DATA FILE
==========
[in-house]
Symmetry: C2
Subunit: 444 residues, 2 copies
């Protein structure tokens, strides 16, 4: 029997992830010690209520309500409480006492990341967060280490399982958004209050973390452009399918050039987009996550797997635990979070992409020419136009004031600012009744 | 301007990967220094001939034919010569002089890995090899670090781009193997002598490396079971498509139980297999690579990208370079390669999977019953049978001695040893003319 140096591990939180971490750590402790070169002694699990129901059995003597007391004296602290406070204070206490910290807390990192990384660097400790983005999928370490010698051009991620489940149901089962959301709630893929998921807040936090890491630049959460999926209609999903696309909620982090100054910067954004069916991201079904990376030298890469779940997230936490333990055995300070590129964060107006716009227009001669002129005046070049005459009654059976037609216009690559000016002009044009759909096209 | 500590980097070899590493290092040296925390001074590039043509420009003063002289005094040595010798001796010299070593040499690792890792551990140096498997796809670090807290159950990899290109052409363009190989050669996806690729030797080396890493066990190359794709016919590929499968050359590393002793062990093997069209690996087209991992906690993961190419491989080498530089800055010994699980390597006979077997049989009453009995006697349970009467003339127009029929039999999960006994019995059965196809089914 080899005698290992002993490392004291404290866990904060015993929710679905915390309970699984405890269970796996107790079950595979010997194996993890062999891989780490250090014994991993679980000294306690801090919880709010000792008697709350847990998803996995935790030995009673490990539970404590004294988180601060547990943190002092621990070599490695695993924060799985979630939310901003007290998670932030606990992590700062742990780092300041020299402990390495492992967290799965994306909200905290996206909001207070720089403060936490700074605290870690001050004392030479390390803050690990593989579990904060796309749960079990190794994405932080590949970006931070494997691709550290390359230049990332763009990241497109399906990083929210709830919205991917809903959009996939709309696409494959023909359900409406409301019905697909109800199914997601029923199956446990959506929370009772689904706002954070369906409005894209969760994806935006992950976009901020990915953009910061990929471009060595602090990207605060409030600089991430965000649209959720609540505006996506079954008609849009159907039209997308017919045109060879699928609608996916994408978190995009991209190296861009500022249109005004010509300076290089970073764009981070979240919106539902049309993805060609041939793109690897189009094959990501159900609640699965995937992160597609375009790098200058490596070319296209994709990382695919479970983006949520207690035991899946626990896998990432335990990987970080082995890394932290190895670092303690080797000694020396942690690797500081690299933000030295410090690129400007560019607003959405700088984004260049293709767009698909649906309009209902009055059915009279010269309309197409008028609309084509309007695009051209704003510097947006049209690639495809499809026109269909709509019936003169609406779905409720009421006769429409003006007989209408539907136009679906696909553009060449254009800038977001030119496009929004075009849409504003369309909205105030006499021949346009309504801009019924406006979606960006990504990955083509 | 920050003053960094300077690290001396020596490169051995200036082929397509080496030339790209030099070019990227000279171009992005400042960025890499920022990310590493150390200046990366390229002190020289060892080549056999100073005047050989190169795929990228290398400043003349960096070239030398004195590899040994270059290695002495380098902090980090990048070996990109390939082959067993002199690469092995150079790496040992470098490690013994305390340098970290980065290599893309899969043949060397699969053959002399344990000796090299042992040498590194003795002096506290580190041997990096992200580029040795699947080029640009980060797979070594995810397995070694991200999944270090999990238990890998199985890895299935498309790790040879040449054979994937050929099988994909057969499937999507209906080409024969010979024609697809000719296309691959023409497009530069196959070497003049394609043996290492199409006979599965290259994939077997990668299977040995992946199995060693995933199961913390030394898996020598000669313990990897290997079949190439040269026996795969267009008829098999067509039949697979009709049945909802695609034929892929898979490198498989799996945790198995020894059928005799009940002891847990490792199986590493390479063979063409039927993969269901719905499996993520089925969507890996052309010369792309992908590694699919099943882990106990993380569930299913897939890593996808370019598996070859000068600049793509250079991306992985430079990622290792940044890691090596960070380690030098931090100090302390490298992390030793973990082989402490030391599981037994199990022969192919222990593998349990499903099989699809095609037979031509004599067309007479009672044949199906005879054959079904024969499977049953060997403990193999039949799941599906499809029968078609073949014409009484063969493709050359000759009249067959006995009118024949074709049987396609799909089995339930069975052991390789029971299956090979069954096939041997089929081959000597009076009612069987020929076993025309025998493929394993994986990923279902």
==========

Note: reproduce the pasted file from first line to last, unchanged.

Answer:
[in-house]
Symmetry: C2
Subunit: 444 residues, 2 copies
């Protein structure tokens, strides 16, 4: 029997992830010690209520309500409480006492990341967060280490399982958004209050973390452009399918050039987009996550797997635990979070992409020419136009004031600012009744 | 301007990967220094001939034919010569002089890995090899670090781009193997002598490396079971498509139980297999690579990208370079390669999977019953049978001695040893003319 140096591990939180971490750590402790070169002694699990129901059995003597007391004296602290406070204070206490910290807390990192990384660097400790983005999928370490010698051009991620489940149901089962959301709630893929998921807040936090890491630049959460999926209609999903696309909620982090100054910067954004069916991201079904990376030298890469779940997230936490333990055995300070590129964060107006716009227009001669002129005046070049005459009654059976037609216009690559000016002009044009759909096209 | 500590980097070899590493290092040296925390001074590039043509420009003063002289005094040595010798001796010299070593040499690792890792551990140096498997796809670090807290159950990899290109052409363009190989050669996806690729030797080396890493066990190359794709016919590929499968050359590393002793062990093997069209690996087209991992906690993961190419491989080498530089800055010994699980390597006979077997049989009453009995006697349970009467003339127009029929039999999960006994019995059965196809089914 080899005698290992002993490392004291404290866990904060015993929710679905915390309970699984405890269970796996107790079950595979010997194996993890062999891989780490250090014994991993679980000294306690801090919880709010000792008697709350847990998803996995935790030995009673490990539970404590004294988180601060547990943190002092621990070599490695695993924060799985979630939310901003007290998670932030606990992590700062742990780092300041020299402990390495492992967290799965994306909200905290996206909001207070720089403060936490700074605290870690001050004392030479390390803050690990593989579990904060796309749960079990190794994405932080590949970006931070494997691709550290390359230049990332763009990241497109399906990083929210709830919205991917809903959009996939709309696409494959023909359900409406409301019905697909109800199914997601029923199956446990959506929370009772689904706002954070369906409005894209969760994806935006992950976009901020990915953009910061990929471009060595602090990207605060409030600089991430965000649209959720609540505006996506079954008609849009159907039209997308017919045109060879699928609608996916994408978190995009991209190296861009500022249109005004010509300076290089970073764009981070979240919106539902049309993805060609041939793109690897189009094959990501159900609640699965995937992160597609375009790098200058490596070319296209994709990382695919479970983006949520207690035991899946626990896998990432335990990987970080082995890394932290190895670092303690080797000694020396942690690797500081690299933000030295410090690129400007560019607003959405700088984004260049293709767009698909649906309009209902009055059915009279010269309309197409008028609309084509309007695009051209704003510097947006049209690639495809499809026109269909709509019936003169609406779905409720009421006769429409003006007989209408539907136009679906696909553009060449254009800038977001030119496009929004075009849409504003369309909205105030006499021949346009309504801009019924406006979606960006990504990955083509 | 920050003053960094300077690290001396020596490169051995200036082929397509080496030339790209030099070019990227000279171009992005400042960025890499920022990310590493150390200046990366390229002190020289060892080549056999100073005047050989190169795929990228290398400043003349960096070239030398004195590899040994270059290695002495380098902090980090990048070996990109390939082959067993002199690469092995150079790496040992470098490690013994305390340098970290980065290599893309899969043949060397699969053959002399344990000796090299042992040498590194003795002096506290580190041997990096992200580029040795699947080029640009980060797979070594995810397995070694991200999944270090999990238990890998199985890895299935498309790790040879040449054979994937050929099988994909057969499937999507209906080409024969010979024609697809000719296309691959023409497009530069196959070497003049394609043996290492199409006979599965290259994939077997990668299977040995992946199995060693995933199961913390030394898996020598000669313990990897290997079949190439040269026996795969267009008829098999067509039949697979009709049945909802695609034929892929898979490198498989799996945790198995020894059928005799009940002891847990490792199986590493390479063979063409039927993969269901719905499996993520089925969507890996052309010369792309992908590694699919099943882990106990993380569930299913897939890593996808370019598996070859000068600049793509250079991306992985430079990622290792940044890691090596960070380690030098931090100090302390490298992390030793973990082989402490030391599981037994199990022969192919222990593998349990499903099989699809095609037979031509004599067309007479009672044949199906005879054959079904024969499977049953060997403990193999039949799941599906499809029968078609073949014409009484063969493709050359000759009249067959006995009118024949074709049987396609799909089995339930069975052991390789029971299956090979069954096939041997089929081959000597009076009612069987020929076993025309025998493929394993994986990923279902």